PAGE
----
Another CEO of Opioid Pusher Insys Resigns Over Scandal
Insys Therapeutics, which made a rap video to promote fentanyl, funded anti-cannabis efforts in Arizona just as it launched a patented synthetic cannabinoid drug.
Published on April 18, 2019

The CEO of Insys Therapeutics has resigned amid the company’s ongoing opioid pay-for-play scandal.

On Monday, Insys released a statement announcing Saeed Motahari’s resignation, which it said was amicable, Bloomberg reported. Motahari was replaced by Andrew Long, who previously served as the company’s Chief Financial Officer.

Currently, the company is facing criminal litigation for its alleged role in a nationwide bribery scheme. According to prosecutors, Insys illegally paid doctors to get patients hooked on its fentanyl drug, the nasal spray Subsys. Motahari’s predecessor, former Insys CEO Michael Babich, pled guilty to conspiracy and fraud charges earlier this year.

The founder of Insys Therapeutics, billionaire John Kapoor, was charged in 2017 with drug racketeering, conspiracy to commit wire fraud, and conspiracy to violate the federal Anti-Kickback Statute, which bans pharmaceutical companies from paying doctors to push their drugs. Kapoor resigned from Insys shortly after he was charged.

In addition to bank records, prosecutors also filed a rap video produced by Insys as evidence against the company. The video, which promoted Subsys and included the drug’s mascot, bites A$AP Rocky’s “Fuckin’ Problems.” In it, two rappers spit lyrics such as, “VIP service like they never seen/goin’ deeper than dead in a submarine,” and “build relationships that’re healthy/got more docs than Janelle [Monáe] got selfies.”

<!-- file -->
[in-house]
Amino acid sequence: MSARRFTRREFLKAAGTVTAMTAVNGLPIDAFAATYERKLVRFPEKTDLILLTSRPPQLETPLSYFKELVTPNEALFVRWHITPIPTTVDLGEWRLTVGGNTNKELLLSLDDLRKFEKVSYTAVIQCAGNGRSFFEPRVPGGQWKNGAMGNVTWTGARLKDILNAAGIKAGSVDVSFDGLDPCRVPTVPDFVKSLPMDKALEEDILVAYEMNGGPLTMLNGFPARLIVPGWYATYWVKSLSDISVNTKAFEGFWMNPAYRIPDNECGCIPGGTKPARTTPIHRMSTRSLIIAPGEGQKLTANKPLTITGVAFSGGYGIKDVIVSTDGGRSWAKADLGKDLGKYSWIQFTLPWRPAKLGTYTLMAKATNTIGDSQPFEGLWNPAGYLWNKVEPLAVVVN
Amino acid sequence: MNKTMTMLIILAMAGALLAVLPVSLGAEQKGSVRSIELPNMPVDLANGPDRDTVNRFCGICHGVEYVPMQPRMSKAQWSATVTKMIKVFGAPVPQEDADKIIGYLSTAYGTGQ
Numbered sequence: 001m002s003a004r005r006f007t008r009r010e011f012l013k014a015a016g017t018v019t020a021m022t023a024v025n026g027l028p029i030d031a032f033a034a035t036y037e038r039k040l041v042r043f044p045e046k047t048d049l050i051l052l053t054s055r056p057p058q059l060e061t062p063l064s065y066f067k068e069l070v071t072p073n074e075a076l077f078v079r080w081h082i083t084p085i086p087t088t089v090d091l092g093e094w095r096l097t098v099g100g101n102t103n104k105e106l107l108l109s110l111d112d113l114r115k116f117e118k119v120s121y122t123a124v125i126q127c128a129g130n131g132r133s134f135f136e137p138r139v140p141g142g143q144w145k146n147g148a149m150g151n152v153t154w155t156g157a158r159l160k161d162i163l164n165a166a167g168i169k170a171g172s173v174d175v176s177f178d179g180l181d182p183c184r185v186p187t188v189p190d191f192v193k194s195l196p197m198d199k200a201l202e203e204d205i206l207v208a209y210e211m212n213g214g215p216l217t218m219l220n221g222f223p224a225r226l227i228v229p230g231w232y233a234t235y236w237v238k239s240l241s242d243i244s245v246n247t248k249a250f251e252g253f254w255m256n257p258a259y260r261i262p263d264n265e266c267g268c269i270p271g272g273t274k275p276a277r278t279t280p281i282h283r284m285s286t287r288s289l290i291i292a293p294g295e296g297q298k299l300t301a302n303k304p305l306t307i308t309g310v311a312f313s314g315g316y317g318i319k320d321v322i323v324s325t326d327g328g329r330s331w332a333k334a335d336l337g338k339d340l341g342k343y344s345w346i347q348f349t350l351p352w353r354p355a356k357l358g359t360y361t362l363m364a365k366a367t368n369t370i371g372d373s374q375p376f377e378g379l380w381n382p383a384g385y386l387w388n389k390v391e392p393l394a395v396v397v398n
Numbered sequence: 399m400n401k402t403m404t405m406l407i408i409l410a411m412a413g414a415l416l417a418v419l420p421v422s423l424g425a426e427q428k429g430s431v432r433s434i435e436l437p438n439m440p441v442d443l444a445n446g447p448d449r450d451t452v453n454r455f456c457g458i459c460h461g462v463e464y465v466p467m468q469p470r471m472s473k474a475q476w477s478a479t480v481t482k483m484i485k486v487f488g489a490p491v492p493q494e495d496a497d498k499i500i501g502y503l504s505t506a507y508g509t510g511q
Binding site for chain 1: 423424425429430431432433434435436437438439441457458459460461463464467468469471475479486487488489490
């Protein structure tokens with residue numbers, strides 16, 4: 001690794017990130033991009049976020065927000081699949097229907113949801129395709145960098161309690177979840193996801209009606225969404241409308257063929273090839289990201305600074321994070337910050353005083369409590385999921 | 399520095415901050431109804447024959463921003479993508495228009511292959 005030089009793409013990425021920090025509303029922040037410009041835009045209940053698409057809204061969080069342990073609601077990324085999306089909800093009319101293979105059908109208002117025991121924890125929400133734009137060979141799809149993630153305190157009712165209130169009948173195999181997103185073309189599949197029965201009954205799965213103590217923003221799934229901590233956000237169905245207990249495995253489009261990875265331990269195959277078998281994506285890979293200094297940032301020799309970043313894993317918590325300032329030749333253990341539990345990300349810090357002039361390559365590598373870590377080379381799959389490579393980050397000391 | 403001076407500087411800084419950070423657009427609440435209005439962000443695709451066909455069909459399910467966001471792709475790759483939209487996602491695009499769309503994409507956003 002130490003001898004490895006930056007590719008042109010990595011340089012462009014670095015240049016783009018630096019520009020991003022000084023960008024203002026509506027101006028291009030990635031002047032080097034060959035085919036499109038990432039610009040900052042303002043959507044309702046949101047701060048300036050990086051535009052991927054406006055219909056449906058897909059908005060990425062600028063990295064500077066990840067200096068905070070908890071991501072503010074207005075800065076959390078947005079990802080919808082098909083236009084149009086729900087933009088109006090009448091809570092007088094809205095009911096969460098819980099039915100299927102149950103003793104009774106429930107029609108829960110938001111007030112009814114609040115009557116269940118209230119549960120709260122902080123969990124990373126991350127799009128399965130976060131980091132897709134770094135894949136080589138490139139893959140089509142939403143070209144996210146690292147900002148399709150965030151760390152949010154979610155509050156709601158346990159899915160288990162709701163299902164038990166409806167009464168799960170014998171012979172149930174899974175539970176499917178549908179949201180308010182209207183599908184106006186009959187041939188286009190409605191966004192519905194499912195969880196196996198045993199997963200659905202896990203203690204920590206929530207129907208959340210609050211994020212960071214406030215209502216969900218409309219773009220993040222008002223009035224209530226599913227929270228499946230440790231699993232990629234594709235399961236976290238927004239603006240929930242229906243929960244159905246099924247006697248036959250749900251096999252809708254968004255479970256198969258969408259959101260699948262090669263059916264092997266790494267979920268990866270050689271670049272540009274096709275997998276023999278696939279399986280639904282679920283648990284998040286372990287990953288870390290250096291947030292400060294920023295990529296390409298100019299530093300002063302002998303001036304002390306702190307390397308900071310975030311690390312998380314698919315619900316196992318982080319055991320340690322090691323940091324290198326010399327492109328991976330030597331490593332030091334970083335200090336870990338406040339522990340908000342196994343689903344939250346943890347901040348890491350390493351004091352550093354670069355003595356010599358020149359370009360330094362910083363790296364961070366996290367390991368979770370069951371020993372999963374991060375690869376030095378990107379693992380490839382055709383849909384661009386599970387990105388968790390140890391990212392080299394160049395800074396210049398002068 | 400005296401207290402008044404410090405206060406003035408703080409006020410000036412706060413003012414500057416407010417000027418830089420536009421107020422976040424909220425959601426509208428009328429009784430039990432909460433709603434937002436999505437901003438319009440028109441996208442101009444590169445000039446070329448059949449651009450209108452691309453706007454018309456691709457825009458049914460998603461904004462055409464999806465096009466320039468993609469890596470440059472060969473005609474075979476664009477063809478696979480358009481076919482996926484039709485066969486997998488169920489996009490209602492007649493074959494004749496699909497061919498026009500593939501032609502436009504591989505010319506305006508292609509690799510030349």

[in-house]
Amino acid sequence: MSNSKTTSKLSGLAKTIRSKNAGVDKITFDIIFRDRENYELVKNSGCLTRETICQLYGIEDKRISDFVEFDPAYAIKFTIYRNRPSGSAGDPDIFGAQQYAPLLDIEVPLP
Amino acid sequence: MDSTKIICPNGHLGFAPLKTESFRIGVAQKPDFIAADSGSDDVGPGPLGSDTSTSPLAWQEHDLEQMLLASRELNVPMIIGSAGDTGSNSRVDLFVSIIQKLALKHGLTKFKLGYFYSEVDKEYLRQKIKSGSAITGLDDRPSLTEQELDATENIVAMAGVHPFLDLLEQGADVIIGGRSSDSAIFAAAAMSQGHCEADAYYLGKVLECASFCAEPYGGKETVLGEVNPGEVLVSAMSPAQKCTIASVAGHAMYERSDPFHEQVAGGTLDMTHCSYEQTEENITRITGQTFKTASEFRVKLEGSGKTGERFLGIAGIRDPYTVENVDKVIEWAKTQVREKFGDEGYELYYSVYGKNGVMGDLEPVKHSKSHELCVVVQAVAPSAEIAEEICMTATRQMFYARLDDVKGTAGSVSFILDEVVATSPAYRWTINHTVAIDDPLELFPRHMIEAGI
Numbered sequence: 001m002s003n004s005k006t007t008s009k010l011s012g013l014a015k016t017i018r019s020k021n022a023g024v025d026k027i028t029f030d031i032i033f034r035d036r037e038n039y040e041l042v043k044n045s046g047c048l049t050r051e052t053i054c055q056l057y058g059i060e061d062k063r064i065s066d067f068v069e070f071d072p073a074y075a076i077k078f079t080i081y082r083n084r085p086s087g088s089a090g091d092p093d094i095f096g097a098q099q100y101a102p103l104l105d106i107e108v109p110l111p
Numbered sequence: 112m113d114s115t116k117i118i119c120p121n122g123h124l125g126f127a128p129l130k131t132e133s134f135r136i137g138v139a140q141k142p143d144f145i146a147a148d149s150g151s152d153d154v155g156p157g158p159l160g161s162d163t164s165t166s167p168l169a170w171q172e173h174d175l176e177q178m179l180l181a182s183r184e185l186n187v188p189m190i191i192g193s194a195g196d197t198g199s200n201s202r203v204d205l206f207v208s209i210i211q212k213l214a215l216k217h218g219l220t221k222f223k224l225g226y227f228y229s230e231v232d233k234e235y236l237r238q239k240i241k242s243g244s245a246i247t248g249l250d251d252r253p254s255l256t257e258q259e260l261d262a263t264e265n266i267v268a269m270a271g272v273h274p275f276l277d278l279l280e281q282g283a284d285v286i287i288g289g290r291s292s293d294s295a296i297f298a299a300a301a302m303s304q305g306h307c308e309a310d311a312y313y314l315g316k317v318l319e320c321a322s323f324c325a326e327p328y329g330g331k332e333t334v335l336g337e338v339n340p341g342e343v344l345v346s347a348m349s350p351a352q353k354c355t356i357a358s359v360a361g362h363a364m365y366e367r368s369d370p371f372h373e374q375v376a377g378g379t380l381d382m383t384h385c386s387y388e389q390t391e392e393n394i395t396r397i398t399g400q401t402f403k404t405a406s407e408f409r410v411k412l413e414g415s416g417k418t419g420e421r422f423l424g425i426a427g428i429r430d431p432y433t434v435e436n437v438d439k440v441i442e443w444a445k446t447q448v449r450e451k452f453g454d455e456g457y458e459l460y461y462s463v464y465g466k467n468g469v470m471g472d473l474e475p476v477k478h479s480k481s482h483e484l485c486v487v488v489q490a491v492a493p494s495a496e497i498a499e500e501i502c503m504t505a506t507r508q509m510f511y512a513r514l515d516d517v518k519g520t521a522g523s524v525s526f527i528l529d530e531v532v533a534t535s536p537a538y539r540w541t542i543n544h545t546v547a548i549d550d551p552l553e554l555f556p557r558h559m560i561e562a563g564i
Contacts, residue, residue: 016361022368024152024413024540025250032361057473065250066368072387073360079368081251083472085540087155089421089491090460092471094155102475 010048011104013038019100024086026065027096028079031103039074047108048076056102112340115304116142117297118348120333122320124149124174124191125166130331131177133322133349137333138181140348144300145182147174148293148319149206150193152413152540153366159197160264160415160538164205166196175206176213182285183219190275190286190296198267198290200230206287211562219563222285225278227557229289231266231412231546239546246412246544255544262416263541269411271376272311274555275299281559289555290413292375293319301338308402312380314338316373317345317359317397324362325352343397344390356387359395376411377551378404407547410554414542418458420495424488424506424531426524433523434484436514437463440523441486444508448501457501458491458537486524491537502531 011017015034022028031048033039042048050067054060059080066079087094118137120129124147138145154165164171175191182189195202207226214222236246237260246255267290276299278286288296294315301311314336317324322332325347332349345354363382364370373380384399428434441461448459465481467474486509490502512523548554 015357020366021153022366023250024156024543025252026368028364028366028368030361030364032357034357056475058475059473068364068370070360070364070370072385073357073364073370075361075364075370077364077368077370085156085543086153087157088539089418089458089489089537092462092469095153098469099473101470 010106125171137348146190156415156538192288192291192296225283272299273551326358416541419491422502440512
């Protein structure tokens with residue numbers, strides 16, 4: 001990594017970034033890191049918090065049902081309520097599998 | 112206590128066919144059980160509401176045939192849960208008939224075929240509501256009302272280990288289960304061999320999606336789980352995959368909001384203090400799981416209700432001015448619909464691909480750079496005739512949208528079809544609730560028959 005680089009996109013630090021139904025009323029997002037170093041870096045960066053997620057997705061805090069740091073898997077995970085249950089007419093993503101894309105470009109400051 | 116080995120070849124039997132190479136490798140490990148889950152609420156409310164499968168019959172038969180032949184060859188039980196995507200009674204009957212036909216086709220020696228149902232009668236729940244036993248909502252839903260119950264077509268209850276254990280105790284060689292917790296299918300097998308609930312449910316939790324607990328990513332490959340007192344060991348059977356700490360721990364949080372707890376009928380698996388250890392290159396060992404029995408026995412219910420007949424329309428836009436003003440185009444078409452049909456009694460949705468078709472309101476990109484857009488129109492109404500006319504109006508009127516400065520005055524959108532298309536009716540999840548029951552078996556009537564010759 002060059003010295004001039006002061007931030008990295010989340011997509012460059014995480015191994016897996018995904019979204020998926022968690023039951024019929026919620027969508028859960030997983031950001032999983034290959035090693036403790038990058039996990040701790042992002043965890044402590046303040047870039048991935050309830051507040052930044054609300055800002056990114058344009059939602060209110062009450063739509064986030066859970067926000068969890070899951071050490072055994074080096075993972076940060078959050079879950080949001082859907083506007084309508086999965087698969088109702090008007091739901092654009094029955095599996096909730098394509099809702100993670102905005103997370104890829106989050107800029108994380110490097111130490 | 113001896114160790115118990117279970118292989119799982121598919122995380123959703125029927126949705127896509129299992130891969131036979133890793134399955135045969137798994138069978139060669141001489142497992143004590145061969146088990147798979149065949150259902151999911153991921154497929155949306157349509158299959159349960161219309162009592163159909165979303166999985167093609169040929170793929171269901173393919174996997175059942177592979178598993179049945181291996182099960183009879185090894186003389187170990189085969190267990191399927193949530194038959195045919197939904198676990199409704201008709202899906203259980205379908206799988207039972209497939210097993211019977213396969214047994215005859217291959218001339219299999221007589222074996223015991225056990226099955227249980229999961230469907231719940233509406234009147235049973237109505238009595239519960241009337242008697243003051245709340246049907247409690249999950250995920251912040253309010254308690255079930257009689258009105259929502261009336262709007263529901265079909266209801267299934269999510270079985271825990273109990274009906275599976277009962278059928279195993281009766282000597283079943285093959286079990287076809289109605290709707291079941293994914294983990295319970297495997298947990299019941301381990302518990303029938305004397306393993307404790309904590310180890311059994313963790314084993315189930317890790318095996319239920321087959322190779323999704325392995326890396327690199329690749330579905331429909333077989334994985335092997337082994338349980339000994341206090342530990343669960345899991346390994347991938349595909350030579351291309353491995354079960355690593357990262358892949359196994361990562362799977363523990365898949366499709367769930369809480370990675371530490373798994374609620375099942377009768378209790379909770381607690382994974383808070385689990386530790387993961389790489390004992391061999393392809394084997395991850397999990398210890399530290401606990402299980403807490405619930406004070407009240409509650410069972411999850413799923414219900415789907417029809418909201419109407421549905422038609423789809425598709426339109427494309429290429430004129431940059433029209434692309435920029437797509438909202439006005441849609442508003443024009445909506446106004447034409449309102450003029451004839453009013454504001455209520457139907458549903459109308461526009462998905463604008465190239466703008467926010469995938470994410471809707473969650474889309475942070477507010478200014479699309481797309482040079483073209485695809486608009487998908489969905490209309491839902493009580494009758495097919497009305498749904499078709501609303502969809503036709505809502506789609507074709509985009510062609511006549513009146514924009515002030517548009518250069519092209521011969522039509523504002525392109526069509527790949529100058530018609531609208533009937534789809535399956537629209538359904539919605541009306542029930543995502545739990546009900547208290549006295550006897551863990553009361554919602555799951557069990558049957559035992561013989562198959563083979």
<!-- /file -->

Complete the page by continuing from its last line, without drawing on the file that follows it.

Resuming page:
Fentanyl is a potent opioid painkiller that can be up to 100 times more powerful than morphine. According to the CDC, at least 1,600 Americans died from overdosing on the drug between 2011 and 2012, “but from 2012 to 2014, the number of drug overdose deaths involving fentanyl more than doubled each year.”

Unsurprisingly, the opioid manufacturer has opposed legal cannabis, possibly due to reports that medical weed patients use less opioids like fentanyl. In 2016, Insys funded anti-legalization efforts in Arizona, where its headquarters is located. The initiative would have legalized recreational marijuana, but was defeated at the polls.

Insys also markets a synthetic THC drug called Syndros. The company is currently researching other patentable cannabinoid-based drugs, too.

The opioid scandal at Insys is part of a larger effort by the Trump administration and local authorities to combat the opioid crisis, which President Trump declared a national emergency in 2017.

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Randy Robinson
Based in Denver, Randy studied cannabinoid science while getting a degree in molecular biology at the University of Colorado. When not writing about cannabis, science, politics, or LGBT issues, they can be found exploring nature somewhere in the Rocky Mountains. Catch Randy on Twitter and Instagram @randieseljay
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